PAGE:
During leaf ontogeny, nitrogen is allocated to newly developing leaves as a function of their light microenvironment, such that leaves in sunny positions have greater photosynthetic capacity than leaves in shaded locations (Niinemets, Tenhunen & Beyschlag 2004b). However, high diffusional limitations of photosynthesis during leaf ontogeny could cause a similar down investment in leaf nitrogen to the one described earlier related to the light available. Grassi et al. (2005) showed that a high proportion of the seasonal variability in photosynthetic capacity found in oak and narrow-leaved ash was a function of nitrogen and soil water potential, demonstrating the importance of including a water stress function for the accurate modelling of forest net ecosystem exchange. On the other hand, Medlyn, Lousteau & Delzon (2002) suggested that the seasonal change in the photosynthetic temperature response of maritime pine could be mediated by the seasonal change in the stomatal response to air vapour pressure deficit (VPD). Stress caused by soil water deficit and/or high VPD could be one of the main factors responsible for the usually found deviations from the theoretical optimum values of distribution of photosynthetic capacity and leaf nitrogen in canopies as a function of maximizing light capture (Hollinger 1996; Meir et al. 2002). Stomata of olive leaves respond strongly to soil water deficit and especially to increasing VPD (Loreto & Sharkey 1990; Fernández et al. 1997; Moriana et al. 2002). Therefore, in summer when VPD is high, stomatal limitation of photosynthesis commonly occurs. Soil water stress enhances the stomatal response to atmospheric demand. But also, mesophyll conductance has been reported to decrease under salinity stress (Centritto et al. 2003), suggesting that its role in gas exchange studies of water stress must be considered.

In this study, we have tested the hypothesis that distribution of nitrogen and photosynthetic capacity of new leaves in a crown of an olive tree is primarily determined by Qint, only when there is not any stronger limitation imposed by another environmental factor. The main factor considered in this work influencing the photosynthetic capacity distribution was the effect of diffusional limitation to photosynthesis. We chose different locations in crowns of olive trees where the peak of Qint was reached at different time of the day, when atmospheric demand was very contrasting. Furthermore, we imposed two irrigation treatments to study whether the combination of water deficit and high VPD increased their influence in the photosynthetic capacity.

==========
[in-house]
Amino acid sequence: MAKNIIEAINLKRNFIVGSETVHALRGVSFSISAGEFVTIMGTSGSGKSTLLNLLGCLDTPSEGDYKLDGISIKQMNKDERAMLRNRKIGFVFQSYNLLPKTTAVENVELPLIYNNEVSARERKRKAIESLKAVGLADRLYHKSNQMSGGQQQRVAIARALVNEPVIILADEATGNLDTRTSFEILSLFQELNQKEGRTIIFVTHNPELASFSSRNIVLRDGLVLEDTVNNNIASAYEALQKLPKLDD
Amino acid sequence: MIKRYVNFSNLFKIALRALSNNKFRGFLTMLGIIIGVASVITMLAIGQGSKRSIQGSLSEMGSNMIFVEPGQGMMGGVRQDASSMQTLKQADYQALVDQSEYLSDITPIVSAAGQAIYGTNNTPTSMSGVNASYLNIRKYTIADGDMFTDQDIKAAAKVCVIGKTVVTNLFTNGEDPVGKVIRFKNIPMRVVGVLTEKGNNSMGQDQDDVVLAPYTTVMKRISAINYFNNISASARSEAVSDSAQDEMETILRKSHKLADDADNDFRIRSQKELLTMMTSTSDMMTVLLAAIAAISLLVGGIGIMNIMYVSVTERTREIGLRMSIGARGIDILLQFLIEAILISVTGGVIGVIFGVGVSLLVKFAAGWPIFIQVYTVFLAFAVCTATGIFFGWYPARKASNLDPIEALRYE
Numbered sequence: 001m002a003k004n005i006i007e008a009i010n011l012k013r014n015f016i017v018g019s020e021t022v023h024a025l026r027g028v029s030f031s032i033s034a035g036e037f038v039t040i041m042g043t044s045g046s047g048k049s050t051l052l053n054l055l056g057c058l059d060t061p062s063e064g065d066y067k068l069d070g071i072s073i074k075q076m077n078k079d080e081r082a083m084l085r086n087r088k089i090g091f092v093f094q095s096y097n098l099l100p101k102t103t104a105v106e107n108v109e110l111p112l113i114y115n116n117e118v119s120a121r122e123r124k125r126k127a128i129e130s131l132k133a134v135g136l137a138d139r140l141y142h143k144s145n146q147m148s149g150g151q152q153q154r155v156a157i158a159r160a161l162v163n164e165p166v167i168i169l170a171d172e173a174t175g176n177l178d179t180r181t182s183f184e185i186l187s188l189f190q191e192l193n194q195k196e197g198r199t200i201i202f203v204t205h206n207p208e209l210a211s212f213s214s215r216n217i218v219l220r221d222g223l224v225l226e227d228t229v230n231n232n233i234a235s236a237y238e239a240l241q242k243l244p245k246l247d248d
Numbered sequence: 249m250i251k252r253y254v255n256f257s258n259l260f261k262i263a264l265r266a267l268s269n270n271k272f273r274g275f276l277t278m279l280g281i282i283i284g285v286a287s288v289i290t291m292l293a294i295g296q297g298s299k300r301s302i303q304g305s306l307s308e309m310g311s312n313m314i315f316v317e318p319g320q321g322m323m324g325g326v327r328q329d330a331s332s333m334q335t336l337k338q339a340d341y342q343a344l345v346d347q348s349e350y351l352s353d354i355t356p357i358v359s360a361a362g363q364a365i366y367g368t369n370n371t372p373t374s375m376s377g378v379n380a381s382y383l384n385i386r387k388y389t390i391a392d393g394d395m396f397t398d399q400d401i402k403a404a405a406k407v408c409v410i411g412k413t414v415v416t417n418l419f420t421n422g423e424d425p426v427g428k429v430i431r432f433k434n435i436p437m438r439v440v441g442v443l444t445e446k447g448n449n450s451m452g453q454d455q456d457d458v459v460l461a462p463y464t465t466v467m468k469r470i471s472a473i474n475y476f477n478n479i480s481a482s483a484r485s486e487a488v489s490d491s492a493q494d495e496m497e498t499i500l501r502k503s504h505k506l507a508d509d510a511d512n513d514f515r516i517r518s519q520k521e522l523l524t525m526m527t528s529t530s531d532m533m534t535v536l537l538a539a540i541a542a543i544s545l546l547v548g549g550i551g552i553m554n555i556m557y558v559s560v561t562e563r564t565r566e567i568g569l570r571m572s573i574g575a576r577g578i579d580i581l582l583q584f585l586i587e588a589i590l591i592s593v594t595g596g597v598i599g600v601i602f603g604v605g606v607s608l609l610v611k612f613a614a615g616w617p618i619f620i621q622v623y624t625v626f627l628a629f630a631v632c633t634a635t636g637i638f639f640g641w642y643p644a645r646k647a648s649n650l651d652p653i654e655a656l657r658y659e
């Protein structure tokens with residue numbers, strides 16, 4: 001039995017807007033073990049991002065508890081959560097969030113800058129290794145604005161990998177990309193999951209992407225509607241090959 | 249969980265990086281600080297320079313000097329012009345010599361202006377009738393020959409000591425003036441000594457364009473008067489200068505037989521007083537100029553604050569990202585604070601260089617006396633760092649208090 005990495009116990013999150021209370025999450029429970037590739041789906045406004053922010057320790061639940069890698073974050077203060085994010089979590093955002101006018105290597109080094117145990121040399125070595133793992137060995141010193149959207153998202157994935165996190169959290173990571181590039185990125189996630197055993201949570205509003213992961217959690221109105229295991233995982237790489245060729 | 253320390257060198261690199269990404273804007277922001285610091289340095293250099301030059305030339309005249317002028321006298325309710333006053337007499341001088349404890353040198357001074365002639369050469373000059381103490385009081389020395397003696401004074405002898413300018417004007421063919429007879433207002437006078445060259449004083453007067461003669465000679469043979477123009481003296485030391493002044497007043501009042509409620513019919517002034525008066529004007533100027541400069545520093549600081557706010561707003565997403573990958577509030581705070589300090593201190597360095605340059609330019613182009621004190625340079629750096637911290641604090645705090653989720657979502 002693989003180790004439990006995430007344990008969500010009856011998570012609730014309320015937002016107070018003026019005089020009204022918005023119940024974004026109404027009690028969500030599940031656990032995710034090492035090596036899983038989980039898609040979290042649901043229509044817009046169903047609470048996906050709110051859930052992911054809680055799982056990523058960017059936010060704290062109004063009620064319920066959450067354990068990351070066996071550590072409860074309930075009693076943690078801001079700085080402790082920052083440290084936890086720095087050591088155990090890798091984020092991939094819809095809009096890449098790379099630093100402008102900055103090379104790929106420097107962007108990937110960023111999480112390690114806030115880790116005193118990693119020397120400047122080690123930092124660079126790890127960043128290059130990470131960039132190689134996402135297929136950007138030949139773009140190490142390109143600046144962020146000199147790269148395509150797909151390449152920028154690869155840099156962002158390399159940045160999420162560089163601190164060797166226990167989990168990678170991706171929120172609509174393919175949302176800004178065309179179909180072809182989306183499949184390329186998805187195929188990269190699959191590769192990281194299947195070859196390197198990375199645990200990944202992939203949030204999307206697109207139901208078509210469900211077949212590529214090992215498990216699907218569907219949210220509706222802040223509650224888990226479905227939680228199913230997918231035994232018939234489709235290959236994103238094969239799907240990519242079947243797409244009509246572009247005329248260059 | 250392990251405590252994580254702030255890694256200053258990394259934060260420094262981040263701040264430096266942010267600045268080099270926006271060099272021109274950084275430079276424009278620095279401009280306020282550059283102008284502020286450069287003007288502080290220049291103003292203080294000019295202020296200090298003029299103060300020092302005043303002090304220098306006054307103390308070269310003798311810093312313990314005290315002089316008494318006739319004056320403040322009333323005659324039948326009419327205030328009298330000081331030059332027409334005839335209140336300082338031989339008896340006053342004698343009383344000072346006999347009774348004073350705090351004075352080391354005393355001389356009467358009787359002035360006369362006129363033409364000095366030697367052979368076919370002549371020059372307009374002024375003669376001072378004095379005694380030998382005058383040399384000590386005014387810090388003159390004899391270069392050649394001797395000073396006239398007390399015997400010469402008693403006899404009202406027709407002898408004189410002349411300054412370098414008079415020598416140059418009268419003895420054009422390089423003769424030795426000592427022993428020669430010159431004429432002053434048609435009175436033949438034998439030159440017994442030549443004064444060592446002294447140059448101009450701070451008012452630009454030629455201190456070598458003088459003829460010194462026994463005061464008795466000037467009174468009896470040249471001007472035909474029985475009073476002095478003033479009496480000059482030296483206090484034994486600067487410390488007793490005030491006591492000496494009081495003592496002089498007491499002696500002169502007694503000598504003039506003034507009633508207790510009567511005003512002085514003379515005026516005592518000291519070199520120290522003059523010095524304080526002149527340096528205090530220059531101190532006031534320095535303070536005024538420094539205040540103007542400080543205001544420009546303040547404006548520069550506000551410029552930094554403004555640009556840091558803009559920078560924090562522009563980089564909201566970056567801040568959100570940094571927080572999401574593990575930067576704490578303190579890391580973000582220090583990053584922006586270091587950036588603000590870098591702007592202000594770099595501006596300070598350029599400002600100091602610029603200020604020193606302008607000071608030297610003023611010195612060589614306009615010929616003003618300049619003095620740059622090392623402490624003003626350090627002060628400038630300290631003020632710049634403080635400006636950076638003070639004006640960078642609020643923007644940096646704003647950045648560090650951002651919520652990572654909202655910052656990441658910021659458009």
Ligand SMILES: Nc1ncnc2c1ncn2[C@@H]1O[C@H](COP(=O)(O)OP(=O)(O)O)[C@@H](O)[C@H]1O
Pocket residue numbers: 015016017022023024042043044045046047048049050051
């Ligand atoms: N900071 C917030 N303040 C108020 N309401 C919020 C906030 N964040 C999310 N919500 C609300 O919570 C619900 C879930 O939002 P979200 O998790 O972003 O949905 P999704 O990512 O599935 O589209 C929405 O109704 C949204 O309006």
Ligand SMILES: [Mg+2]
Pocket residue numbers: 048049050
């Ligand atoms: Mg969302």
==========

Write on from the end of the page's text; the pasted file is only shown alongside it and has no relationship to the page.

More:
MATERIALS AND METHODS

Field site and plant material

Measurements were carried out during 2002 at La Hampa experimental farm (37° 17′ N, 6° 3′ W; altitude 30 m), near Seville (SW Spain). The farm contained a 0.5 ha olive orchard with 34-year-old trees planted at 7 × 5 m spacing. The tree crowns had a spherical shape of about 4.5 m diameter, 4 m height and a single trunk with two main branches. Trees were subjected to normal crop loads, and there were not significant differences in crop load among experimental trees. The soil is a sandy loam (Xerochrept) of homogeneous texture with depth and average values of 14.8% clay, 7.0% silt, 4.7% fine sand and 73.5% coarse sand. Soil water content values at field capacity (−0.03 MPA) and wilting point (−1.5 MPA) were 0.21 and 0.10 m3 m−3, respectively.

Two irrigation treatments were imposed: (1) irrigation treatment (I) where an earthern dyke was built around the trees and enough water was supplied biweekly to reach soil water capacity. This irrigation method ensured a complete watering of the whole root zone; (2) Non-irrigation treatment (nI) in which rainfall was the only source of water. Each treatment was applied to two representative trees within the orchard.

Environmental variables

Meteorological measurements (net radiation, global radiation, photosynthetically active radiation, wind speed, rainfall, air temperature and relative humidity) were monitored continuously, and 30 min average values were logged to an automatic weather station (Campbell Scientific Ltd, Shepshed, UK) located 50 m away from the experimental trees. Volumetric soil water content (θ) was measured in the nI treatment by neutron probe (Troxler 3300, Research Triangle Park, NC, USA), except in the top 0.2 m where θ was estimated by gravimetric measurements and averaged values of soil bulk density. Four access tubes were installed in each nI tree at distances of 0.5, 1.5, 2.5 and 3.5 m from the trunk, along the tree row and down to the maximum depth of the root zone (2 m). In the I trees, θ was estimated from gravimetric measurements up to 2 m, to avoid installing access tubes that may lead to preferential channels for water along the wall of the access tubes. Measurements were conducted every 2 weeks, and in the case of the irrigated trees just before and a day after irrigation took place.

Photosynthetic photon flux density (PPFD) measurements